Pakistan today admitted for the first time that the Mumbai terrorist attacks were plotted and put into action there.
Interior Ministry chief Rehman Malik also said Pakistan had arrested most of the main suspects and had started criminal proceedings against them.
The revelations appear to suggest that Pakistan is serious about punishing those behind the November attacks, which killed 164 people and raised fears of a new war with India.
India and the West have urged Pakistan to crack down on Lashkar-e-Taiba, a Pakistan-based militant group widely blamed for the bloodshed. Pakistan has already arrested several of its leaders.
Mr Malik said investigators had traced a boat engine used by the attackers to sail from Pakistan to India and stormed two hideouts of the suspects near the southern city of Karachi.
Other leads pointed to Europe and the United States, and he said Pakistan would ask the FBI for help.
"Some part of the conspiracy has taken place in Pakistan and ... according to the available information, most of them (the suspects) are in our custody," he said.
India says all 10 gunmen - only one of whom was captured alive - were Pakistanis and that their handlers in Pakistan had kept in touch with them by phone during the three-day assault.
In the first comment on Pakistan's investigation, Mr Malik said criminal cases had been opened against eight suspects on charges of "abetting, conspiracy and facilitation" of a terrorist act.
He said six of them were already in custody.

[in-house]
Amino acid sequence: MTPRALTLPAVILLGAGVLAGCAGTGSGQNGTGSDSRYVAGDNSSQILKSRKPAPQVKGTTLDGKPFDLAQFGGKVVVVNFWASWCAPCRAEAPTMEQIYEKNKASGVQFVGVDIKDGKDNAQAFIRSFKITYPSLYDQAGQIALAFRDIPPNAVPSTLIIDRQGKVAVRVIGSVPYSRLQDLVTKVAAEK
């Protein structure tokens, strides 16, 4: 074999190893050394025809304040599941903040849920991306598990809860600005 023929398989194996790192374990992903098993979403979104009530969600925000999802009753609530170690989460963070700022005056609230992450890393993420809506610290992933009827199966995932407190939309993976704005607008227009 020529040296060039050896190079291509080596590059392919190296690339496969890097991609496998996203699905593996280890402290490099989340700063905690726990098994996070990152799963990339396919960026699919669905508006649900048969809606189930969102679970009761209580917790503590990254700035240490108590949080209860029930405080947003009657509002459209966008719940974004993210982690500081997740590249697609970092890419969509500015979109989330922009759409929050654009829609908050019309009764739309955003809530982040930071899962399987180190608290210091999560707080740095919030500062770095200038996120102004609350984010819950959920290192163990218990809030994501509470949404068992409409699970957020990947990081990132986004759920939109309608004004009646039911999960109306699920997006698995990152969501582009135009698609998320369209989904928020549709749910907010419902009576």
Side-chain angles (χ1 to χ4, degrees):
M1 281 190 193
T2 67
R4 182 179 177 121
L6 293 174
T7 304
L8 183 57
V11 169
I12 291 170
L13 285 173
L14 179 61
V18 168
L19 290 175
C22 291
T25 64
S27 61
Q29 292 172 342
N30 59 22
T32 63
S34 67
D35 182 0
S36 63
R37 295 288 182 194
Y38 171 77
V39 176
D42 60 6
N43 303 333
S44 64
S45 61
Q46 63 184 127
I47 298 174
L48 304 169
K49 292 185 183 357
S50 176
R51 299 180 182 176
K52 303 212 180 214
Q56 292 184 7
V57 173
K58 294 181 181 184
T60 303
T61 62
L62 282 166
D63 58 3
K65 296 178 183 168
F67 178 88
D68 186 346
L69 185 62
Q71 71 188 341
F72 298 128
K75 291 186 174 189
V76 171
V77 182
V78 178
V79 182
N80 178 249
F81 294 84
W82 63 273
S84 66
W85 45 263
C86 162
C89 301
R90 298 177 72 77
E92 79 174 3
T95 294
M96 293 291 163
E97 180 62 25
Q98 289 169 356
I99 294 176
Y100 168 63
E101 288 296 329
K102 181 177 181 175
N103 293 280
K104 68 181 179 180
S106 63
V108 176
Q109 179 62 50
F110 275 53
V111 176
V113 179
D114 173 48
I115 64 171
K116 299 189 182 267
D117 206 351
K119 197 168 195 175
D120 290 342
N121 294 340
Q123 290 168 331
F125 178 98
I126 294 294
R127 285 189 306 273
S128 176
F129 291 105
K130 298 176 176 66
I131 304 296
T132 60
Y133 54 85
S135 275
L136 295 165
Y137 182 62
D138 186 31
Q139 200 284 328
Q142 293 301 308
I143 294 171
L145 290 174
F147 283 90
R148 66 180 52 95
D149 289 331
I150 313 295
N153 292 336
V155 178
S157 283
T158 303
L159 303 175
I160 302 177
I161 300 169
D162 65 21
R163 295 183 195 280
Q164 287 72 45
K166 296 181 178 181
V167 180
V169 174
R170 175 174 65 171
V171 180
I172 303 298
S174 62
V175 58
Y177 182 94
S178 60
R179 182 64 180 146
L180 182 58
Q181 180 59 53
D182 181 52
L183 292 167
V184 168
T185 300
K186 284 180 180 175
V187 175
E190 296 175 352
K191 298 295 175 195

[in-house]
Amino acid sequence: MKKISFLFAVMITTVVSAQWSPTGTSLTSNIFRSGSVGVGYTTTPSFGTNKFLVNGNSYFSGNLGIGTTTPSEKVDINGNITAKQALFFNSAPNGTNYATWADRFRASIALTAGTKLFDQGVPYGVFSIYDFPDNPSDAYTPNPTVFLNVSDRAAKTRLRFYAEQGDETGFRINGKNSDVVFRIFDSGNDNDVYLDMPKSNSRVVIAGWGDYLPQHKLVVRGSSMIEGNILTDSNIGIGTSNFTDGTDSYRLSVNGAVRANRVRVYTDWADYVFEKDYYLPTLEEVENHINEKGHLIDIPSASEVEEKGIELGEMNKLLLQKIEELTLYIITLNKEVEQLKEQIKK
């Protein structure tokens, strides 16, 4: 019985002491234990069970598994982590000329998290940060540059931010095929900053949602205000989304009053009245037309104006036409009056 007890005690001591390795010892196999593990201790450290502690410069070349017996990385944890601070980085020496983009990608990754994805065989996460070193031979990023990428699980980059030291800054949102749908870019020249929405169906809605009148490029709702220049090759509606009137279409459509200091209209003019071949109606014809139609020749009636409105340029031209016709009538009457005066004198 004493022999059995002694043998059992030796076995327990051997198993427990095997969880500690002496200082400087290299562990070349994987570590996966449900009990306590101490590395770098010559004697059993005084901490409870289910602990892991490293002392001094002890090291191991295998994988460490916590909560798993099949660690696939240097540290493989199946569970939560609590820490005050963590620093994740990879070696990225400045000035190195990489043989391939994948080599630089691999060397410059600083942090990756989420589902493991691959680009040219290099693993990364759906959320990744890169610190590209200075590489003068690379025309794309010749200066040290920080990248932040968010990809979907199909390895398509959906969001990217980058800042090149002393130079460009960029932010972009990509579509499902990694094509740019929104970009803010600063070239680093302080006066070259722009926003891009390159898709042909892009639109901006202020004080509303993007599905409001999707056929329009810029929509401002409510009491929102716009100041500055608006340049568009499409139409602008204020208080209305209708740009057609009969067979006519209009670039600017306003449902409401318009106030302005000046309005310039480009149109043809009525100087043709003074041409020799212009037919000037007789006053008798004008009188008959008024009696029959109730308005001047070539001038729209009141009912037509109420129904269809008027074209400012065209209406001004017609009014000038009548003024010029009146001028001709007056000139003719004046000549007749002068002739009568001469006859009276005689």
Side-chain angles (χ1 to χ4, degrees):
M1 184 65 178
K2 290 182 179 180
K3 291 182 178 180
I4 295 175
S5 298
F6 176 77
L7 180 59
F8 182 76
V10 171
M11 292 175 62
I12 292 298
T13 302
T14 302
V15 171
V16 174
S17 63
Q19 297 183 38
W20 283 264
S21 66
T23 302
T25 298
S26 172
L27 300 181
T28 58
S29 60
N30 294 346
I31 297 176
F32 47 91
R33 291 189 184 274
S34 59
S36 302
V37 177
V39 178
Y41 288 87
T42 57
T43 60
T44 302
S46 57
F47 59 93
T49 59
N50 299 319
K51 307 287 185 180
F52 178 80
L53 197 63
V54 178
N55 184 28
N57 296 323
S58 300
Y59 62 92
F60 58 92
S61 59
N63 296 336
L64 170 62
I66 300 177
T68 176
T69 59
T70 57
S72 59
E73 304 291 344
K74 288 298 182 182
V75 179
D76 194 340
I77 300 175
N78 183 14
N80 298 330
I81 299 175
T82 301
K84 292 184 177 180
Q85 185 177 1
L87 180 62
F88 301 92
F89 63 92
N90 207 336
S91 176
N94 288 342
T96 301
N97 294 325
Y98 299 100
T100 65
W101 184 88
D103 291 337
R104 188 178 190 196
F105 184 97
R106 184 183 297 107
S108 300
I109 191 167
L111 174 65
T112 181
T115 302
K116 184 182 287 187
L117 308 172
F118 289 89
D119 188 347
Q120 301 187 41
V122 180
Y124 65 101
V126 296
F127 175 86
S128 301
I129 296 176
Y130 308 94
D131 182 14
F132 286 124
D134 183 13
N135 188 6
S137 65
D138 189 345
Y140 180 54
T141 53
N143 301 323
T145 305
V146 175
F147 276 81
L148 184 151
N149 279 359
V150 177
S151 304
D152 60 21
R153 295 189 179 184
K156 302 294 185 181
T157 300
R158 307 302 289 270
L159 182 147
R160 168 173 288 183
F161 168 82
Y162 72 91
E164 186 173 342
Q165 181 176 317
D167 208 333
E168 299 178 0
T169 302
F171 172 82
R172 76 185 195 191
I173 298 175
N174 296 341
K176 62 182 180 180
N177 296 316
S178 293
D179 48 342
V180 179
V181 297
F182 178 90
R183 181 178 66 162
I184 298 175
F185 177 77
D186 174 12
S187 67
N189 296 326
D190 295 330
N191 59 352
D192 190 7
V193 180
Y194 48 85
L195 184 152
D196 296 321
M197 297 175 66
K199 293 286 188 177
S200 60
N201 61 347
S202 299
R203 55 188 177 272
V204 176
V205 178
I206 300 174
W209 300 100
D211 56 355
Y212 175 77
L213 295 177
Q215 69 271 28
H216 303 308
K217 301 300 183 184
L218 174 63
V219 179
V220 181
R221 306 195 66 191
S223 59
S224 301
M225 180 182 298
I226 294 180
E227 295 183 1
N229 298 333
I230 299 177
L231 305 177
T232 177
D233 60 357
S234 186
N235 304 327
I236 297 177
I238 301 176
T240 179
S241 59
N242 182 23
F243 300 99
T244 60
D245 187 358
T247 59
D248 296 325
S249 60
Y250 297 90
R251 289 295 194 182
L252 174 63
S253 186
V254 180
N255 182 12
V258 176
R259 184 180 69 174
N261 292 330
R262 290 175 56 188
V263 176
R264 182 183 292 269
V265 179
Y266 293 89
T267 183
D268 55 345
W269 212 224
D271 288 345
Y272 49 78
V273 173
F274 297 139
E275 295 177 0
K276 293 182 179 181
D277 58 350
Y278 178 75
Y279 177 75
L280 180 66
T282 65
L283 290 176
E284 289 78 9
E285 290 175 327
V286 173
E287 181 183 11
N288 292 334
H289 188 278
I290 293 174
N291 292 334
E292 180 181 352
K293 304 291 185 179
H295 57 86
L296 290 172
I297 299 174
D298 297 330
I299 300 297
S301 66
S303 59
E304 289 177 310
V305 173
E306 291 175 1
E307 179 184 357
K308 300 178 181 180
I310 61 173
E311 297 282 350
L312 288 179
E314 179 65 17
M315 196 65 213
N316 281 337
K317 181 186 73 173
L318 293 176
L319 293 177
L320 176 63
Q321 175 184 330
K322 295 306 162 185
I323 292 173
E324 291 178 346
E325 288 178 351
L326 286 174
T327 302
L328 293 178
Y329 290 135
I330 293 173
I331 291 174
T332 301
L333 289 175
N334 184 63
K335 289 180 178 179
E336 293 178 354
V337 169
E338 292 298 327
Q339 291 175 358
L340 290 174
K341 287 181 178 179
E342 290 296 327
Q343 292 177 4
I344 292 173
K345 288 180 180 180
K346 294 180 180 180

Mr Malik said the killers used three boats to travel from Pakistan to Mumbai.
He said detectives had traced an engine recovered from one of the vessels to a shop in Karachi. He said the shopkeeper had provided the phone number of the buyer which led to a bank account in the name of Hammad Amin Sadiq.
Mr Malik said authorities had arrested Sadiq and obtained from him information that led them to raid two "hideouts of the terrorists", one in Karachi and one about two hours drive away.
He described Sadiq as "the main operator".
Investigators identified locations where the attackers had practised the sea-borne portion of their attack plan, he said.
Mr Malik said the pieces of evidence collected "connect to" the leadership of Lashkar-e-Taiba, including Zaki-ur-Rehman Lakhvi and Zarrar Shah, who India says masterminded the attacks.
But he said Pakistan needed more assistance from India if it was to bring a successful criminal prosecution.
He said one suspect, Javed Iqbal, had been in Spain but was now in Pakistani custody.
The terrorists used phones with Indian SIM cards, Mr Malik said.
They also had a digital teleconferencing system whose service provider is based in Texas, while a specialist phone was issued in a "Middle Eastern country," Mr Malik said.
"It is not only Pakistan, but the system of the other countries has also been used," he said.